Web tool to match sponsors to trial sites in low-income countries

By Fiona BARRY

- Last updated on GMT

The SiteFinder tool can connect sponsors with far-flung research sites. (Picture: Kevin Hale/Flickr)
The SiteFinder tool can connect sponsors with far-flung research sites. (Picture: Kevin Hale/Flickr)

Related tags Research

A free online tool could help trial sponsors with the “incredibly difficult” task of finding study sites in developing regions.

The Global Health Network, a website for health researchers to share expertise, has launched the open-access SiteFinder platform​, allowing clinical investigators to search by disease area and location to find sites in low and middle-income countries (LMIC).

It works a little like a directory of LMIC research sites, but more interactive,​” Tamzin Furtado, Project Manager, The Global Health Network, told Outsourcing-Pharma.com.

You can add a potential study, and all the sites relevant to your potential locations and disease areas will be automatically notified and can contact you if they’d like to get involved. You can manage your studies in your profile, seeing a list of all the potentially interested sites.

Sites manage their own information on SiteFinder and can add all sorts of useful documents including audit reports, video introductions, etc.​”

The project currently has 111 research sites listed worldwide, from birth centres in Mexico City to public health institutes in West Africa, and Pakistan’s Aga Khan University.

Furtado said the impetus for the project came from parties on both sides of clinical trials. “The sites are keen to find collaborators, and we’ve heard from many sponsors that it’s tough finding new sites in LMIC settings, hence [we] developed this.​”

Do-it-yourself trial kit

The Global Health Network calls itself an “online science park​” that allows researchers to co-operate without geographical, institutional or financial barriers. Projects include open peer collaboration to develop research protocols and gain technical expertise.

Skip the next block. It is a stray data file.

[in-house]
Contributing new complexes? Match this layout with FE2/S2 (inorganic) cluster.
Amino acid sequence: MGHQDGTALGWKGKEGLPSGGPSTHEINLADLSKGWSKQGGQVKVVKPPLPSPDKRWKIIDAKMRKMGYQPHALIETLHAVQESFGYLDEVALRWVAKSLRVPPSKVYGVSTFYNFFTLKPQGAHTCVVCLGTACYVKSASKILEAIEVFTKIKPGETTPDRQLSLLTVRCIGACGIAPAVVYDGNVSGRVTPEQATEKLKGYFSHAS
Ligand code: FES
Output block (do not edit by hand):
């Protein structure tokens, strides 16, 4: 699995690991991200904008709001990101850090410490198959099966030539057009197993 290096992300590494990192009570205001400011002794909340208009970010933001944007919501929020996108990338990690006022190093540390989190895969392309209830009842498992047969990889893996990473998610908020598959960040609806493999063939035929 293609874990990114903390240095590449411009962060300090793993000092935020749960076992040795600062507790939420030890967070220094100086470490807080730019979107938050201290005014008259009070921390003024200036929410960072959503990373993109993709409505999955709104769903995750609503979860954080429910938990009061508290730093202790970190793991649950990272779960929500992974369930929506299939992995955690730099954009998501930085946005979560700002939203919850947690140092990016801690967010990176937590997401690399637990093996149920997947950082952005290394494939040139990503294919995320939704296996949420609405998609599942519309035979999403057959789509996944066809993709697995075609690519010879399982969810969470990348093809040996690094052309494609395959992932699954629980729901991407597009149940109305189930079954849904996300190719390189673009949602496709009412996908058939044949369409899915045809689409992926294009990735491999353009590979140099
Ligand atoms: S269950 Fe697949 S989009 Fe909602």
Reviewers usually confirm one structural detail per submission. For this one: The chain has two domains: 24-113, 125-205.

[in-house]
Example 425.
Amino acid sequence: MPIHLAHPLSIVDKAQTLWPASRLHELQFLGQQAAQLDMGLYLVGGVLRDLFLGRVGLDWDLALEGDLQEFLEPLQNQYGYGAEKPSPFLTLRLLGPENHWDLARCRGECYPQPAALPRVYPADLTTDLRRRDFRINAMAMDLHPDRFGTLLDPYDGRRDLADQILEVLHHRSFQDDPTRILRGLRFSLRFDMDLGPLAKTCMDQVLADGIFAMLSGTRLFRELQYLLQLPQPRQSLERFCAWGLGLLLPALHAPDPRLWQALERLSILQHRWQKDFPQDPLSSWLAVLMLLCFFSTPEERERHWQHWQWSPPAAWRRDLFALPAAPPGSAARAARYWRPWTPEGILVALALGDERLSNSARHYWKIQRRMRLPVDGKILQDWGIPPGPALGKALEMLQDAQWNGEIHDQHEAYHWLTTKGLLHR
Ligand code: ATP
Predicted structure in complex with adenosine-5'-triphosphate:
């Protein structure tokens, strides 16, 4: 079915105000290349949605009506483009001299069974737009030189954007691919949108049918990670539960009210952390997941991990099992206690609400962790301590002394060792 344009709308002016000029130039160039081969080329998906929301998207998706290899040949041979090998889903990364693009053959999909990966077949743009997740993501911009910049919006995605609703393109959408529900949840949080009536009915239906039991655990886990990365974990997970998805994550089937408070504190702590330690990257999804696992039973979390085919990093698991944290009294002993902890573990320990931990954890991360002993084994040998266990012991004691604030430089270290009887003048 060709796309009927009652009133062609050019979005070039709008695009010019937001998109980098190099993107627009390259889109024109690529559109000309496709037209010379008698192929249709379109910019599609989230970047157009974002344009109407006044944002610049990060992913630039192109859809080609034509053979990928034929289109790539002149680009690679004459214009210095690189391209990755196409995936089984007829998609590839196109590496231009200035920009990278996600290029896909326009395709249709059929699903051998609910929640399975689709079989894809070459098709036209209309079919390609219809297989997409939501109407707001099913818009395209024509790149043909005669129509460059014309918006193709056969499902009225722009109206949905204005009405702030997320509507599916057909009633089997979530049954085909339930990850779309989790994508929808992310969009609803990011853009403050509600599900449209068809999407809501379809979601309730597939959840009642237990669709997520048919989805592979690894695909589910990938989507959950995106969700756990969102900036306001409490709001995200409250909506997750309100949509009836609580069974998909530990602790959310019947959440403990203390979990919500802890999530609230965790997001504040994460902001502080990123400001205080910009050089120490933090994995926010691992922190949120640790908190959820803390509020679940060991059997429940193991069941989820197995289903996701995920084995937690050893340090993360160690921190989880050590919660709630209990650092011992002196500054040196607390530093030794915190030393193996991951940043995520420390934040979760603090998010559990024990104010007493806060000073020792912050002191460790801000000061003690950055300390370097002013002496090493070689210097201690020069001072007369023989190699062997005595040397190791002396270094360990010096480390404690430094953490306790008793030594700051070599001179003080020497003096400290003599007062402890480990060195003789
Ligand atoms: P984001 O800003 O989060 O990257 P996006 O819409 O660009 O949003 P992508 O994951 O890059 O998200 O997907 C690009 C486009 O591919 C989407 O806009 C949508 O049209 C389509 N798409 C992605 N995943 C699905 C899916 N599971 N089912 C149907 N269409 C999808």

Another of its research tools is a Global Health Research Process Map,​ a digital toolkit guiding trial staff through every step of clinical trials.

The sharing of research methods allows researchers to learn from the experiences of previous studies and saves time and raises standards,​” said the organisation.

The map is also intended to help health workers without trial-running experience to perform research.

Undertaking research can be a daunting prospect for health workers with no research skills, and little if any access to training and support. The effects of this problem are increased when considering the importance of enabling locally-led research in order to tackle local and national health priorities,​” said the Global Health Network.

Development of better and more local research is vital in LMICs, it said, since less than 10% of health research funding worldwide is spent on conditions that make up 90% of the global health burden.

Related topics Clinical Development

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